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       Monday, October 23, 2017
1 Year Ago
Hot, dry weather advanced crop development and haying operations.
Topsoil moisture conditions were reported as adequate on about 50 per cent of crop, hay and pasture land.
Drought and heat stress were the main sources of crop damage.
Sixty-five per cent of the first cut hay crop had been baled or made into silage.

July rains have helped improve crop conditions, according to Saskatchewan Agriculture's weekly crop report.

On a provincial basis, at least a majority of each crop is reported to be in good to excellent condition as shown by the following figures: spring wheat and durum - 70 per cent, oats - 74 per cent, barley - 73 per cent, flax - 68 per cent, canola - 65 per cent, lentils - 72 per cent and peas - 75 per cent. According to crop reporters, crops continue to remain behind normal development for this time of year in many areas.

There was a slight improvement in topsoil moisture conditions from the previous week. Overall, topsoil moisture conditions are reported as adequate on 80 per cent of the crop land and 70 per cent of the hay and pasture land. 

Haying progress was slow during the past week because of wet weather. One-third of the first-cut hay crop has been baled or put into silage.  An additional 30 per cent has been cut, and a good portion of this has had at least one rain on it. Three-quarters of those reporting this week indicated that there would not be a second cut of hay in their district.     

Hail and insects were the main sources of crop damage. Other sources of damage during the past week were flooding, wind, drought, disease and gophers.

Crop reporters indicate that many farmers were applying insecticide and fungicide. 

Saskatchewan Crop Conditions, July 20, 2008

Winter Wheat

Fall Rye

Spring Wheat

Durum

Oat

Barley

Triticale

 

% excellent

8

17

10

11

14

13

7

 

% good

59

60

60

59

60

60

75

 

% fair

29

18

27

26

23

24

16

 

% poor

3

5

3

4

3

3

2

 

% very poor

1

0

0

0

0

0

0

 

 

Flax

Canola

Mustard

Sunflower

Lentil

Pea

Canary Seed

Chickpea

% excellent

11

11

10

22

16

15

9

11

% good

57

54

57

28

56

60

44

58

% fair

26

29

30

45

26

22

37

27

% poor

5

5

3

5

2

2

6

3

% very poor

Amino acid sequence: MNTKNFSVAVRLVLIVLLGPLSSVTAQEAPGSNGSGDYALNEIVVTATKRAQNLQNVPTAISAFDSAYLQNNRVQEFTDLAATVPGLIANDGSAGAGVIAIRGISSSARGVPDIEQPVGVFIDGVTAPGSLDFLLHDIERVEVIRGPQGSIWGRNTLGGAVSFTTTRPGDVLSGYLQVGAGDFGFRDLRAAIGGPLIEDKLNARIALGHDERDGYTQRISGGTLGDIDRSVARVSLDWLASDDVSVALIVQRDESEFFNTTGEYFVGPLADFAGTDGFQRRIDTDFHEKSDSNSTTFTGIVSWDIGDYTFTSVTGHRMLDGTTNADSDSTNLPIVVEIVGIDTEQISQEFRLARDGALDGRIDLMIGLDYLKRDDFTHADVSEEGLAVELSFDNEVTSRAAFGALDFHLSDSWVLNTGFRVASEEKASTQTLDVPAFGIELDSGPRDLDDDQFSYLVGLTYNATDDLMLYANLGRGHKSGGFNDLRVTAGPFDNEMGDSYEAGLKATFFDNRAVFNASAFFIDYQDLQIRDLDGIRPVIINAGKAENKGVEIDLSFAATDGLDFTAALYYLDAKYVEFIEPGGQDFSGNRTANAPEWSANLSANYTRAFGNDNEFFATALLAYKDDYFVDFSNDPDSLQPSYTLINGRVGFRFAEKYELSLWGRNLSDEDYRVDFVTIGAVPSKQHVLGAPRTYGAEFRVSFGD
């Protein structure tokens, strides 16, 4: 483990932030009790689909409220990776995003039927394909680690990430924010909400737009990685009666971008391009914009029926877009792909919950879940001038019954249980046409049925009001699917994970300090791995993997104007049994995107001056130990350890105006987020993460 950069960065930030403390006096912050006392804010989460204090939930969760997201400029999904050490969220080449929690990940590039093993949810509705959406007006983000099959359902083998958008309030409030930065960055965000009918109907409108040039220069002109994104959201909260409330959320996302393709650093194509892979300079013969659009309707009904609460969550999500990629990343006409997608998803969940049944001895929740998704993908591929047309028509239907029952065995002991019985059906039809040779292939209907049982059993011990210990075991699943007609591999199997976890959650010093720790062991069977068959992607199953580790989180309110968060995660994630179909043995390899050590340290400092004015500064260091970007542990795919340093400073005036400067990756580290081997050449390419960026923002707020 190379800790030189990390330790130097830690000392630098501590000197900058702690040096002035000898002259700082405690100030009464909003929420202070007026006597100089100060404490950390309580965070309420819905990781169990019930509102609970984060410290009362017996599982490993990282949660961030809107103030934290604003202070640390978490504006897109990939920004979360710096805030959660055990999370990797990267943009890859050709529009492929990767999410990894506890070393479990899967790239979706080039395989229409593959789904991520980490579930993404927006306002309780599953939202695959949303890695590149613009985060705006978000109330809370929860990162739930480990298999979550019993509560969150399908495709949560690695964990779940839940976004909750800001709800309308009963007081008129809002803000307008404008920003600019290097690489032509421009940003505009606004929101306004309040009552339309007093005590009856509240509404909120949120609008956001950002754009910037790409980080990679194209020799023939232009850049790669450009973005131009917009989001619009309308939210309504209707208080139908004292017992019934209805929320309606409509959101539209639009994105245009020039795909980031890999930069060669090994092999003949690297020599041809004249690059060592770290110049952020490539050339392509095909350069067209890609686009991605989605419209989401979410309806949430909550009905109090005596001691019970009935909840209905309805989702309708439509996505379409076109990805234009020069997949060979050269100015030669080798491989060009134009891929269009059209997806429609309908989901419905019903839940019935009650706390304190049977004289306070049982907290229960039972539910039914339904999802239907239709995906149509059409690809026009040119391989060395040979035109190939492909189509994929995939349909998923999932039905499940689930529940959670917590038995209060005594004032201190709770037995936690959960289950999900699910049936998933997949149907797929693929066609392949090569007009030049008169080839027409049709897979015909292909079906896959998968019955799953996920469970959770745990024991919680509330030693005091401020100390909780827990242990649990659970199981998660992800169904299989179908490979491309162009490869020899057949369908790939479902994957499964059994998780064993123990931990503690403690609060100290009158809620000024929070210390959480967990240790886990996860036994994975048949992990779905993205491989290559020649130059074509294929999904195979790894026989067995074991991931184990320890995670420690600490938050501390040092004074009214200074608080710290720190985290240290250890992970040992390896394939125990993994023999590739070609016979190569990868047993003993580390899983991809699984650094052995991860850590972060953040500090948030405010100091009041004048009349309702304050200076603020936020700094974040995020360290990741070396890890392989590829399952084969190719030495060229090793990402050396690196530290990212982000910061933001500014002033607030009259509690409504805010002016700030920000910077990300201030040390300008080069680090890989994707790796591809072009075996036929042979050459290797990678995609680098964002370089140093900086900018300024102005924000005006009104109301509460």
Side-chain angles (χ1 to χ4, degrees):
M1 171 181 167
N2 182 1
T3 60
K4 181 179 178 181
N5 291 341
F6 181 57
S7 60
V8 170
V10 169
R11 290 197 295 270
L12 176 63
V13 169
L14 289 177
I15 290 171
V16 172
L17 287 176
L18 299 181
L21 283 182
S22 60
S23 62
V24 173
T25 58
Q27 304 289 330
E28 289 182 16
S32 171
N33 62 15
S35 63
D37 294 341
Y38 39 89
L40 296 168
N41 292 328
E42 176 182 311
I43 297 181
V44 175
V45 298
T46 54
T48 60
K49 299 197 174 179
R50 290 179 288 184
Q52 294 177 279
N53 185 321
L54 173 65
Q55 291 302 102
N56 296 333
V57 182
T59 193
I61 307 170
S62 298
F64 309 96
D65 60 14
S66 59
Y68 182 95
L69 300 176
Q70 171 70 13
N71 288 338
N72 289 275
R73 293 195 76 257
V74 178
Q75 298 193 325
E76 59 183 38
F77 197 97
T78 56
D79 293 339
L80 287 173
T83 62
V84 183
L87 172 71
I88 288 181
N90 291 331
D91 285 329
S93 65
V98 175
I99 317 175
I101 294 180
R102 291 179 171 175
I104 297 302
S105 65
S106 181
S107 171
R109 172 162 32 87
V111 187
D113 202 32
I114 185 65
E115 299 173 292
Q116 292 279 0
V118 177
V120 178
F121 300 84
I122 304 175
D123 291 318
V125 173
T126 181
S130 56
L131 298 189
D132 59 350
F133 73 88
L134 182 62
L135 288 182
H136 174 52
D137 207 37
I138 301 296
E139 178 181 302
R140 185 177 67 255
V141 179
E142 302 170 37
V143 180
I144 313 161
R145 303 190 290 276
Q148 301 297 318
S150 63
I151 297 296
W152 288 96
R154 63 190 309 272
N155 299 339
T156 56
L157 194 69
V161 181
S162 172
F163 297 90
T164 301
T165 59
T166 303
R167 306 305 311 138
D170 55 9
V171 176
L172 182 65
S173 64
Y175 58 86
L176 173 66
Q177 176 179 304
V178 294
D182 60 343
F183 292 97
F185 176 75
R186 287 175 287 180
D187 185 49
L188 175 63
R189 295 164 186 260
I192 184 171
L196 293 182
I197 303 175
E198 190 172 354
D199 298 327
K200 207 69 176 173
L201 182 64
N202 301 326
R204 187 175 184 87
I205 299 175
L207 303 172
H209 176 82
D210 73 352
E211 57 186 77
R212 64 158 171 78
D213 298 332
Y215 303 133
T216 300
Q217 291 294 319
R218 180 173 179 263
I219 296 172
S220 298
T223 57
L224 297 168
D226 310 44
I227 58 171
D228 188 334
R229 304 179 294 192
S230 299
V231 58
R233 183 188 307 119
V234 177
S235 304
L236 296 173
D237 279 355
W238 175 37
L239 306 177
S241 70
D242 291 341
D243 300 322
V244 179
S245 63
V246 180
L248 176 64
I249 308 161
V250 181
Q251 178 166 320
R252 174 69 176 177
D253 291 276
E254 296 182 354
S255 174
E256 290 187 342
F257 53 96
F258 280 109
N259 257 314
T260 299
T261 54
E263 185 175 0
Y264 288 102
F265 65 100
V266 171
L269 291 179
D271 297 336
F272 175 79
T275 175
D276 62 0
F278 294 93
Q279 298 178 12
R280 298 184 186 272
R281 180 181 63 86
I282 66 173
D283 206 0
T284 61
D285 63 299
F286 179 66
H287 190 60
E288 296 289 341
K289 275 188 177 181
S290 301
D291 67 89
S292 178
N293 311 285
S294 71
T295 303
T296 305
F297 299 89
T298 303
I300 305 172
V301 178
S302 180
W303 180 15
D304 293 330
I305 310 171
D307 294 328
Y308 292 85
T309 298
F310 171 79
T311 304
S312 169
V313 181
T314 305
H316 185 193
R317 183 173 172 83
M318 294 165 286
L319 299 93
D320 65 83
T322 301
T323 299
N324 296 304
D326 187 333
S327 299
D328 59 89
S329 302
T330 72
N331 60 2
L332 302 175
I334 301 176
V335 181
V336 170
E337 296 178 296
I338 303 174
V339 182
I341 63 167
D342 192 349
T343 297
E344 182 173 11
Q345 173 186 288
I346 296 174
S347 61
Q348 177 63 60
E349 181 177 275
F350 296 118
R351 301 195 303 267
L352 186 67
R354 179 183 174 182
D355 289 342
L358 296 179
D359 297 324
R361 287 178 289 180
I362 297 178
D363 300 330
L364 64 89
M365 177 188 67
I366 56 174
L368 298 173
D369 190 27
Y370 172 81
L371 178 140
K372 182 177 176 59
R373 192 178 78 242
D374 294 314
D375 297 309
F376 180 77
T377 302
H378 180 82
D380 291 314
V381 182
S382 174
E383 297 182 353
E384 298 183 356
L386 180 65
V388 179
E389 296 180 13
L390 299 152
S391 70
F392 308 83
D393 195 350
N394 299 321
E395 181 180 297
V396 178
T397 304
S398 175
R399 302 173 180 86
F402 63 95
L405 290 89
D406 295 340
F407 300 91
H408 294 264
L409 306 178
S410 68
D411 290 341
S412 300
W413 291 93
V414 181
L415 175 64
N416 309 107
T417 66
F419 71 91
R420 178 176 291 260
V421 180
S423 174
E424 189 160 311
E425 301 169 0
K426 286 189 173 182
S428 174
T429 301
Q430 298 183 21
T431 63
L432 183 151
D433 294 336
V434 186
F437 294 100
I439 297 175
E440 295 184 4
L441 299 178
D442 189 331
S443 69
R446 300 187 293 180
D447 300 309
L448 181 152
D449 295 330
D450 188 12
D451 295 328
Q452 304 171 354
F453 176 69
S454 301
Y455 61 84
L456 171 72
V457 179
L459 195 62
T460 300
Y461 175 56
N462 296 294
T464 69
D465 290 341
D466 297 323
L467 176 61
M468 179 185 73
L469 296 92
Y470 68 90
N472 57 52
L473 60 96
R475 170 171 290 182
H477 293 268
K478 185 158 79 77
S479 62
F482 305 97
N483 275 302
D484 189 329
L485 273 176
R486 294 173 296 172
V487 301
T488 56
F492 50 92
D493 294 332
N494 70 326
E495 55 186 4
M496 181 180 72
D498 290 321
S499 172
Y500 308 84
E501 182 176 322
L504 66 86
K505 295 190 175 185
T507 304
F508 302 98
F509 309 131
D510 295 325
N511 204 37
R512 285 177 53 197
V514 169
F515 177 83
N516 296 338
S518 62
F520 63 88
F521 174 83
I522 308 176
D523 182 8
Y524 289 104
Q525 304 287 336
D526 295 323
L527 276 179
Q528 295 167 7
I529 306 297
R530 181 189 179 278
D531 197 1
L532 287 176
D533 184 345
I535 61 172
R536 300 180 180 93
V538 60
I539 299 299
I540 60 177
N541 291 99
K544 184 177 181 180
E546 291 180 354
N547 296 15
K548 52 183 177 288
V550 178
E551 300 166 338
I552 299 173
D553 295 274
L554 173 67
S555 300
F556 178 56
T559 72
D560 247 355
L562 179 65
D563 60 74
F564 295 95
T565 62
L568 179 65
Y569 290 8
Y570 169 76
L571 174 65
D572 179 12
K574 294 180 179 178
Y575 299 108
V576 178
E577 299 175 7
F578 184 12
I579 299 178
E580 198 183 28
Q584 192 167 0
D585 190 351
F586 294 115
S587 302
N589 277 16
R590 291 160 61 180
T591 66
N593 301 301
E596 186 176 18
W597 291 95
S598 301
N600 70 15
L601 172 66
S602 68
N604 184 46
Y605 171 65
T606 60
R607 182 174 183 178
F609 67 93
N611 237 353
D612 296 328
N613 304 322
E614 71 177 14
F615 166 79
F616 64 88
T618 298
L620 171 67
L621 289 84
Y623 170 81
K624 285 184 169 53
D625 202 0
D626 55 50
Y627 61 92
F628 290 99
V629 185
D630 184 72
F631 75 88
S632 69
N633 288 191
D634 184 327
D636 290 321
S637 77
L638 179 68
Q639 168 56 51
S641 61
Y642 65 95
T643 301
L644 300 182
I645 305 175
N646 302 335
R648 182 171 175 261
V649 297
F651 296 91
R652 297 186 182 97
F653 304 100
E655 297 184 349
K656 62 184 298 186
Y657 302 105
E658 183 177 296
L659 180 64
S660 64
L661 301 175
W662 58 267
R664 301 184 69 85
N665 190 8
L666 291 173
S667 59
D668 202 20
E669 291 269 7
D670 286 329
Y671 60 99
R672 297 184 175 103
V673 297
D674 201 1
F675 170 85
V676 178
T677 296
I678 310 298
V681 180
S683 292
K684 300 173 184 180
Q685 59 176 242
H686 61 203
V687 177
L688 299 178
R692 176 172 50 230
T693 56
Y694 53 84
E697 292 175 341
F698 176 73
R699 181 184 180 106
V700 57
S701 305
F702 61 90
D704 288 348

1

1

0

0

0

1

4

1


South eastern Saskatchewan
(Crop Districts 1, 2, & 3ase)
During the past week, the south eastern region was wet and humid with some hail.  An average of 22 mm of precipitation was reported, ranging from an average low of 13 mm reported in Crop District (CD) 1a, to an average high of 28 mm reported in CD 1b.  Over 50 mm was reported in the Broadview and Montmartre areas.  Damage from hail was reported in the CDs 1b, 2, and 3ase.  Wind damage was reported in CD 1a.  Damage from flooding was reported in CD 2b. 

Specific hail damage reports include:  up to 100% in places in the Moosomin, Grenfell, and Radville areas, around 10% in the Whitewood area, up to 40% in the Fillmore area, 5% in the Montmartre area, and up to 70% in the Indian Head area.

Crop conditions improved from last week for fall cereals, flax, canola, sunflowers, and canary seed.  Crop conditions deteriorated for durum, triticale, mustard, and chickpeas.  Other crop conditions remained on par with last week.  Fall rye and winter wheat are starting to turn colour in the Moosomin area.  In the Weyburn area some canola and flax crops are done flowering, while others are in full flower.

Topsoil moisture conditions on cropland improved this past week with the rain.  Reporters rate 82% of the crop land as having adequate topsoil moisture conditions, compared to 73% last week.  One per cent of the crop land is rated as having very short topsoil moisture.  For hay and pasture land, 71% is rated as having adequate topsoil moisture, compared with 59% last week.  Three per cent of the hay and pasture land is rated as having very short topsoil moisture.

Insects were the major source of crop damage this past week, with reporters citing damage from wheat midge, aphids, and grasshoppers.  Insecticide spraying was general in many areas.  Cereal fungal diseases including rust, smut, and fusarium caused damage mainly in CDs 1b and 2b, and fungicide applications took place.  Crops are suffering from drought damage in the Gainsborough area, while in the Maryfield area, some crops were showing moisture stress.  Some gopher damage was reported in the Moosomin area.   

First-cut haying operations are moving ahead in the southeast with 37% baled or silaged, up from 23% last week.  Hay quality is generally expected to be good, though swaths are deteriorating because of the recent rainfall.  

Southeast Saskatchewan Crop Conditions, July 20, 2008

Winter Wheat

Fall Rye

Spring Wheat

Durum

Oat

Barley

Triticale

 

% excellent

15

17

14

18

22

16

0

 

% good

47

42

52

41

41

47

0

 

% fair

27

27

30

38

32

29

100

 

% poor

9

13

4

2

4

8

0

 

% very poor

2

1

0

1

1

0

0

 

 

Flax

Canola

Mustard

Sunflower

Lentil

Pea

Canary Seed

Chickpea

% excellent

11

7

7

24

19

19

19

30

% good

49

42

51

26

44

49

27

24

% fair

30

42

38

45

33

28

29

42

% poor

9

8

4

5

3

4

13

2

% very poor

1

1

0

0

1

0

12

 


South western Saskatchewan
(CDs 3asw, 3an, 3b, & 4)

The past week saw some showers in the southwest, with cooler temperatures.  An average of 15 mm of precipitation was reported, ranging from an average low of 7 mm in CD 4a, to an average high of 24 mm reported in CDs 3bn and 4b.  Hail damage was reported across the region.  Flooding damage was reported in CD 3bs; drought damage was reported in CDs 3asw, 3bs, and 4a; and wind damage was reported in CDs 3bs and 4.  

Specific hail damage reports include:  8% in the Rockglen area, 5 to 40% in the Bengough area, spotty damage in the Gravelbourg area, 20 to 100% in the Kincaid area, 20 to 25% in the Ponteix area, 5 to 100% in the Admiral area, 20 to 100% in the Shaunavon area, 10% in the Rush Lake and Stewart Valley areas, and 60 to 100% in the Maple Creek area.